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himachal paragliding

Himachal Pradesh

* Manali, Himachal Pradesh
* Bir Valley - Billing, Himachal Pradesh

Uttarakhand (Coming Soon)

* Chakrata
* Pauri



















Paragliding (known in France, Spain and Portugal as parapente) is a recreational and competitive flying sport. A paraglider is a free-flying, foot-launched aircraft. The pilot sits in a harness suspended below a fabric wing, whose shape is formed by the pressure of air entering vents in the front of the wing.

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The paraglider wing (or ‘canopy’ or parafoil) is a self-inflating structure consisting of a row of cells, most of them open at the front and all of them closed at the back, joined together side by side. Moving through the air keeps them inflated as air enters in the front but can't get out the back. In cross-section, the cells form an aerofoil shape to produce lift, just like an airplane wing.

The pilot is supported underneath the wing from a web of lines (each with the strength to support the pilot). The lines are then attached to strap-like risers that are attached to the pilot's harness. Controls held in the pilot’s hands, which pull down the trailing edge (rear portion) of the wing, are used to control speed and to turn. The pilot is strapped into the bucket-seat harness, which usually holds a reserve parachute, and includes a ‘speed system’ which pulls down the leading edge for maximum flying speed. Modern recreational harnesses have a foam or air-bag back protector.

Paraglider wings typically have an area of 25–35 m² with a span of 8–12 m, and weigh 3–7 kg. Combined weight of wing, harness, reserve, instruments, helmet etc is around 12–18 kg. Glide ratio ranges from 6:1 for recreational paragliders to about 10:1 for modern competition paragliders (compared with an average of 15:1 for hang gliders and up to 60:1 for some sailplanes), and speed range is typically 20–65 km/h (stall speed – max speed): though safe flying range is smaller. Modern paraglider wings are made of high-performance non-porous fabrics such as Porcher Sport & Gelvenor, with Dyneema/Spectra or Kevlar/Aramid lines. For storage and carrying, the wing is folded into the harness seat, and the whole stored in a backpack (which is normally stowed in the harness in flight). Recent developments in light-weight harness design include the ability to turn the harness inside out such that it becomes the backpack removing the need for a second storage system.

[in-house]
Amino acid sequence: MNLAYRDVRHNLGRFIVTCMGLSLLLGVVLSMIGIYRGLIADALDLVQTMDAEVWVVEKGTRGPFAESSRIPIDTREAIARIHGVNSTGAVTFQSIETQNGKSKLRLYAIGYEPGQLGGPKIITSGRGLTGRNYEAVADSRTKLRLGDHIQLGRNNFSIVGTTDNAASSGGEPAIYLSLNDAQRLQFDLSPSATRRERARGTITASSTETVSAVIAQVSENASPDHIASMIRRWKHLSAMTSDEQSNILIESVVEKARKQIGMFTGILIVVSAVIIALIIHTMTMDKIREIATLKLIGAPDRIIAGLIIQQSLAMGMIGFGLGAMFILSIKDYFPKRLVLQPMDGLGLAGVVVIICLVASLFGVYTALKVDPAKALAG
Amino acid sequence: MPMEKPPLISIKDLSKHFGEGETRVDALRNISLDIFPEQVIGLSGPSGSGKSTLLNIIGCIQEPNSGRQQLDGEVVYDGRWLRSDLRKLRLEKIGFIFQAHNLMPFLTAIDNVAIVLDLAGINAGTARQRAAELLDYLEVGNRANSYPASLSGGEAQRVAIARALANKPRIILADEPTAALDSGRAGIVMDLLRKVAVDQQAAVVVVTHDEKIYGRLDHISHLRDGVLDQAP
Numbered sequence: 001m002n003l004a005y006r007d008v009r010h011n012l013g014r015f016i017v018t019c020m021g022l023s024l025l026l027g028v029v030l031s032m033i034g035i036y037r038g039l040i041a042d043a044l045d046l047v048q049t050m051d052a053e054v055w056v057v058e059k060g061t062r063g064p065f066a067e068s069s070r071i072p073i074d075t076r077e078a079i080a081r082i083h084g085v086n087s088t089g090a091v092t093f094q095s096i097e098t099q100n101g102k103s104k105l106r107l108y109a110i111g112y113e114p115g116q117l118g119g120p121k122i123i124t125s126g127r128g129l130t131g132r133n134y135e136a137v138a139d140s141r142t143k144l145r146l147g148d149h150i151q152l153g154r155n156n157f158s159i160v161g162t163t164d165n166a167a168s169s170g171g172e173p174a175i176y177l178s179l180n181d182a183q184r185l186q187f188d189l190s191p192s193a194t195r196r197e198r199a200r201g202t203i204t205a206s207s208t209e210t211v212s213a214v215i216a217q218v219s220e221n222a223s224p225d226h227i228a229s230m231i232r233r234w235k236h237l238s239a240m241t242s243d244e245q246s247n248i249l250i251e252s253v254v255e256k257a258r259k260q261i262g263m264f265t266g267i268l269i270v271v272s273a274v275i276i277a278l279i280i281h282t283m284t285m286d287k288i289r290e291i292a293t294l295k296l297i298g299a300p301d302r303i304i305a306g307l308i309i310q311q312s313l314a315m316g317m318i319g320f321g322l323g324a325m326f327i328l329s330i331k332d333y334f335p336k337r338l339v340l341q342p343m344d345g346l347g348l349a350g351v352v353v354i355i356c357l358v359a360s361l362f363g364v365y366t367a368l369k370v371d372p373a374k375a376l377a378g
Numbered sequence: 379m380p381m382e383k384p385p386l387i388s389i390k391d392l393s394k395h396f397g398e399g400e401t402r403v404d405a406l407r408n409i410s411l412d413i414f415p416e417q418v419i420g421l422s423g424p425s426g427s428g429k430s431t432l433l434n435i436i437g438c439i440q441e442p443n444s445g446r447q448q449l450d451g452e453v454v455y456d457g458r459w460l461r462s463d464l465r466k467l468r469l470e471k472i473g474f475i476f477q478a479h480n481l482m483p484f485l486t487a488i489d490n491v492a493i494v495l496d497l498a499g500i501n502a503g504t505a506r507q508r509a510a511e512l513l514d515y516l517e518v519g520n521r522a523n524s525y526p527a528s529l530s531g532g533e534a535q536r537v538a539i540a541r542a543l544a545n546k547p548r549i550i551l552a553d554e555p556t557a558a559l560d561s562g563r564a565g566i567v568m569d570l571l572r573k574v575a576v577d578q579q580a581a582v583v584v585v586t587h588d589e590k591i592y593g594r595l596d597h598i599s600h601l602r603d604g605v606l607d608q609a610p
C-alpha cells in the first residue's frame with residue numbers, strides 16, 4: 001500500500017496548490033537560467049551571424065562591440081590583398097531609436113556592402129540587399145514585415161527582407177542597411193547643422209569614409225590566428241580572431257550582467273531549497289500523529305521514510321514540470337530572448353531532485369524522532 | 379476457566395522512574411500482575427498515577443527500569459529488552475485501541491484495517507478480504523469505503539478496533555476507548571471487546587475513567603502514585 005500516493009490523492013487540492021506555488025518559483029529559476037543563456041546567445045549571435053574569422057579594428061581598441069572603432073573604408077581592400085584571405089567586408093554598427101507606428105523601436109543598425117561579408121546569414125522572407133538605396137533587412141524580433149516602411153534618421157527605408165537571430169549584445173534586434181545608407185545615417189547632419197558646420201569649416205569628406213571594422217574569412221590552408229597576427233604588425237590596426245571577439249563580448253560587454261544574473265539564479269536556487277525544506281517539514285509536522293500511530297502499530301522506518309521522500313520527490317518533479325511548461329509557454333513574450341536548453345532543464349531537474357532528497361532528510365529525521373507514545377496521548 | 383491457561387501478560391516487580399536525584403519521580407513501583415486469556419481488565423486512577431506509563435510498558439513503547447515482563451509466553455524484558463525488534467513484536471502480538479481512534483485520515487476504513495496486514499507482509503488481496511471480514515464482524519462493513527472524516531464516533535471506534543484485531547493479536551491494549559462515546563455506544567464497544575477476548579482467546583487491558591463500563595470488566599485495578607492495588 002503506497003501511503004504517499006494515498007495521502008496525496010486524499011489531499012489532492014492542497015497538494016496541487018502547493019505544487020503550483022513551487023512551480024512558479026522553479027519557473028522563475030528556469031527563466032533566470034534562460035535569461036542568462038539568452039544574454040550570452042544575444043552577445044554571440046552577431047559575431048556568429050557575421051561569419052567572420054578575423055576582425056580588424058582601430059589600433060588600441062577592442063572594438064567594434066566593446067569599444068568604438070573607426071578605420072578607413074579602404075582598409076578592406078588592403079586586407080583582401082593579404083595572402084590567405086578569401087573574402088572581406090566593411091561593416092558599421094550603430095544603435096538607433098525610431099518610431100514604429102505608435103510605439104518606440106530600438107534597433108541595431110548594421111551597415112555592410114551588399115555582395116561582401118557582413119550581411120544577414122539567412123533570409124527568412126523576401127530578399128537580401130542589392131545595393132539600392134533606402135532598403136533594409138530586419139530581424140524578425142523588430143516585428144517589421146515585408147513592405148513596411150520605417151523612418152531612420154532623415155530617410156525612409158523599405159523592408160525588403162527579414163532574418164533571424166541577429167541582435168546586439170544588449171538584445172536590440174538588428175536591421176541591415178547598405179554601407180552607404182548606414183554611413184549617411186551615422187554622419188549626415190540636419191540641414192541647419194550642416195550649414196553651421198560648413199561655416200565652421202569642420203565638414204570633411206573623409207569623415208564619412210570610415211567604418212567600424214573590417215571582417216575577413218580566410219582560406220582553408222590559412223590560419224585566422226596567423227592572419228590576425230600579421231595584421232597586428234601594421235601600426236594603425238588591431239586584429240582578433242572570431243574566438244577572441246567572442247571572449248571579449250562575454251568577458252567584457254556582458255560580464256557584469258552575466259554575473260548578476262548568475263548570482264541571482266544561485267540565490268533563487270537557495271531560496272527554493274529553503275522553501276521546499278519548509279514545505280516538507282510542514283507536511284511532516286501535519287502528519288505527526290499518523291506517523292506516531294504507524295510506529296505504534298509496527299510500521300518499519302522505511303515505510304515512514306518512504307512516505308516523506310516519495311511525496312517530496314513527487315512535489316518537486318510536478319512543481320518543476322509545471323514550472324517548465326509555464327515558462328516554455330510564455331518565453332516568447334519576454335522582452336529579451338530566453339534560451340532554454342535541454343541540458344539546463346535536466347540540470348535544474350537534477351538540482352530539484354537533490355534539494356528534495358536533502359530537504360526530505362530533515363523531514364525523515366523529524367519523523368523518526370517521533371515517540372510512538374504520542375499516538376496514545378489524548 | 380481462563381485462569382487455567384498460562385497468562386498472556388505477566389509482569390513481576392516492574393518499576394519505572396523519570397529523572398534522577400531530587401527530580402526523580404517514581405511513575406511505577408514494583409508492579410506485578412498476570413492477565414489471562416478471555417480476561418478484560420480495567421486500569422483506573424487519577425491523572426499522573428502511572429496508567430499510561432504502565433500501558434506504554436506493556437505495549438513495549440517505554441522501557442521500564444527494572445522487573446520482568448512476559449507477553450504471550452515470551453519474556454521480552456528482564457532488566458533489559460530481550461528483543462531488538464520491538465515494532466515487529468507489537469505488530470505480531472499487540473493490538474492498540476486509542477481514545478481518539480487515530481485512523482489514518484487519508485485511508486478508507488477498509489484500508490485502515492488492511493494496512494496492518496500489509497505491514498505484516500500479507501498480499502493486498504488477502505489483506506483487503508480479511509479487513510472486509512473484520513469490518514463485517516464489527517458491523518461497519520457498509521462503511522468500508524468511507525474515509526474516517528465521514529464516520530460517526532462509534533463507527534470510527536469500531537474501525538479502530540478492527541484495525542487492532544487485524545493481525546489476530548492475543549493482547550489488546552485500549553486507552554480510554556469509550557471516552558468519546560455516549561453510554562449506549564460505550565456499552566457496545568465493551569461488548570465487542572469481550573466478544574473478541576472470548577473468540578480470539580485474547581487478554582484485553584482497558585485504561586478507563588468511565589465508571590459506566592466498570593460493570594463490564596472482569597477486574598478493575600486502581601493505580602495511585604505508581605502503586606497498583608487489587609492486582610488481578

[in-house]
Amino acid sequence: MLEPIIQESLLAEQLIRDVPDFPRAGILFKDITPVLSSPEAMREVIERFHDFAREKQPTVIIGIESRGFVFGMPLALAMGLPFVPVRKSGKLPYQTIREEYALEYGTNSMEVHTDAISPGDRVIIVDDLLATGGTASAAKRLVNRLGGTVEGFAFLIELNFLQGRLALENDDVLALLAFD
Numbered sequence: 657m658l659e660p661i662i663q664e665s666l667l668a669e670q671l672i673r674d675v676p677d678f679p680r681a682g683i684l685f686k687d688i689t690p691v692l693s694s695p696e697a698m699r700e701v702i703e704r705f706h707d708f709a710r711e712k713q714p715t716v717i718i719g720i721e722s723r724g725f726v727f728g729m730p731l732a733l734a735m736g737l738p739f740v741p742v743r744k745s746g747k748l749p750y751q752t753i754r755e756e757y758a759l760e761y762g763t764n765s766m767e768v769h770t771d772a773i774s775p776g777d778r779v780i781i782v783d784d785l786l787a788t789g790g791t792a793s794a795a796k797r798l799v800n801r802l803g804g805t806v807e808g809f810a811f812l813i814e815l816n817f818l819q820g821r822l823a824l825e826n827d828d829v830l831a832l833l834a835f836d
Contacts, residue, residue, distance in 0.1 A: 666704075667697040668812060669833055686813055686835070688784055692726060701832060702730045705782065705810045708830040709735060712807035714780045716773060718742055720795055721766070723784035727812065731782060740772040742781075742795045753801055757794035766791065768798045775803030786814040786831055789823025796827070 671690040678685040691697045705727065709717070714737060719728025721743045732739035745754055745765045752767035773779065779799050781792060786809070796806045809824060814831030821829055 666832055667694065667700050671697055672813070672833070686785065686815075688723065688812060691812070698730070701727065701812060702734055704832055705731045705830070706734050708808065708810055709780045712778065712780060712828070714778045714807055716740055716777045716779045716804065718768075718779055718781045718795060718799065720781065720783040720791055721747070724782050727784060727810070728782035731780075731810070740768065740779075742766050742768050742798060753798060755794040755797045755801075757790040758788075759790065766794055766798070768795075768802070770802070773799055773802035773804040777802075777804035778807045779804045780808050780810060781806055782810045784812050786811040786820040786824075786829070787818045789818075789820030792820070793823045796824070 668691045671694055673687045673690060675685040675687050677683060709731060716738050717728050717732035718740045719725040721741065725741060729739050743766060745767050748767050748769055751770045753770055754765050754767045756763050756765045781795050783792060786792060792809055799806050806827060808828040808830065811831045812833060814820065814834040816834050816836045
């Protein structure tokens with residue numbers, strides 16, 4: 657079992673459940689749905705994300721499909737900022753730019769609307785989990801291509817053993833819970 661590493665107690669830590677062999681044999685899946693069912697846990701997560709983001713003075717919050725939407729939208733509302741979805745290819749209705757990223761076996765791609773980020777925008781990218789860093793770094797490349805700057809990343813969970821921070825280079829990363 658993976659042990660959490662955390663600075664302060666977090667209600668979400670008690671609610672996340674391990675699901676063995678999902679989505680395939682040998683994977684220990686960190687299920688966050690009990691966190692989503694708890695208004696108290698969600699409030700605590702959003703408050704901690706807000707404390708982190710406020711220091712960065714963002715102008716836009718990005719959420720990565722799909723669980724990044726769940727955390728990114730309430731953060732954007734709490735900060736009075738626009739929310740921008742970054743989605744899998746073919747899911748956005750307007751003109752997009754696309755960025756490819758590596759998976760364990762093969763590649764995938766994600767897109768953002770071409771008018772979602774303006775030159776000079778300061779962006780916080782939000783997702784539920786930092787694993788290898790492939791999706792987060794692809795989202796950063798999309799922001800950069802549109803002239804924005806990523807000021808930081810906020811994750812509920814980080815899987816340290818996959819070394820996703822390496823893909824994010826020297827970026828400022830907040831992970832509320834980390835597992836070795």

Tandem paragliders, designed to carry the pilot and one passenger, are larger but otherwise similar. They usually have higher trim speeds (fly faster), are more resistant to collapses and have a slightly higher sink rate compared to solo paragliders.

Parachutes including skydiving canopies are generally used for descending purposes (i.e. jumping out of an aircraft or for dropping cargo) while paragliders are generally used for ascending. Paragliders are categorized as "ascending" parachutes by canopy manufacturers worldwide and involve "free flying" (without a tether). However Paragliders can sometimes be tethered for a short period during towing to get airborne.

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In unpowered flight, rising air is needed to keep a glider aloft. This rising air can come from two sources:

  • when the sun heats features on the ground, columns of rising air known as thermals are generated
  • when wind encounters a ridge in the landscape, the air is forced upwards, providing ridge lift.
In mountainous environments, flying is mostly based around thermals, which can be used to stay aloft before heading for a landing field below the launch site. In hill environments, ridge lift is used for ridge soaring, and landing can be done either back at the launch site, or at a landing field at the bottom of the ridge. In either case, more experienced pilots can use thermals to go ‘cross country’.

Launching / landing,

As with all aircraft, launching and landing are done into wind (though in mountain flying, it is possible to launch in nil wind and glide out to the first thermal).
In low winds, the wing is inflated with a ‘forward launch’, where the pilot runs forward so that the air pressure generated by the forward movement inflates the wing.
In higher winds, particularly ridge soaring, a ‘reverse launch’ is used, with the pilot facing the wing to bring it up into a flying position, then turning under the wing to complete the launch.

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The pilot holds controls in each hand which pull down the trailing edge of the wing. Pulling down the trailing edge increases the angle of attack of the wing from its ‘trim’ (hands-off) position, which slows it down and increases the lift generated (like flaps on an aircraft wing). Turning is achieved by a combination of pulling down the control on one side and ‘weight shift’ within the harness. Faster than ‘trim’ speed can be achieved by pushing out a ‘speedbar’ with the feet, which pulls down the leading edge to reduce the angle of attack.
On occasions when it is necessary to lose height more rapidly, the tips of the wing can be ‘folded in’, in what is known as ‘big ears’. This reduces the flying area of the wing, and increases the amount of drag, causing the glider to descend at a greater rate than in normal flight.
In more extreme conditions, other manoeuvres such as ‘b-line stalls’ and spiral dives can be used, but most pilots avoid getting themselves into situations where these are required.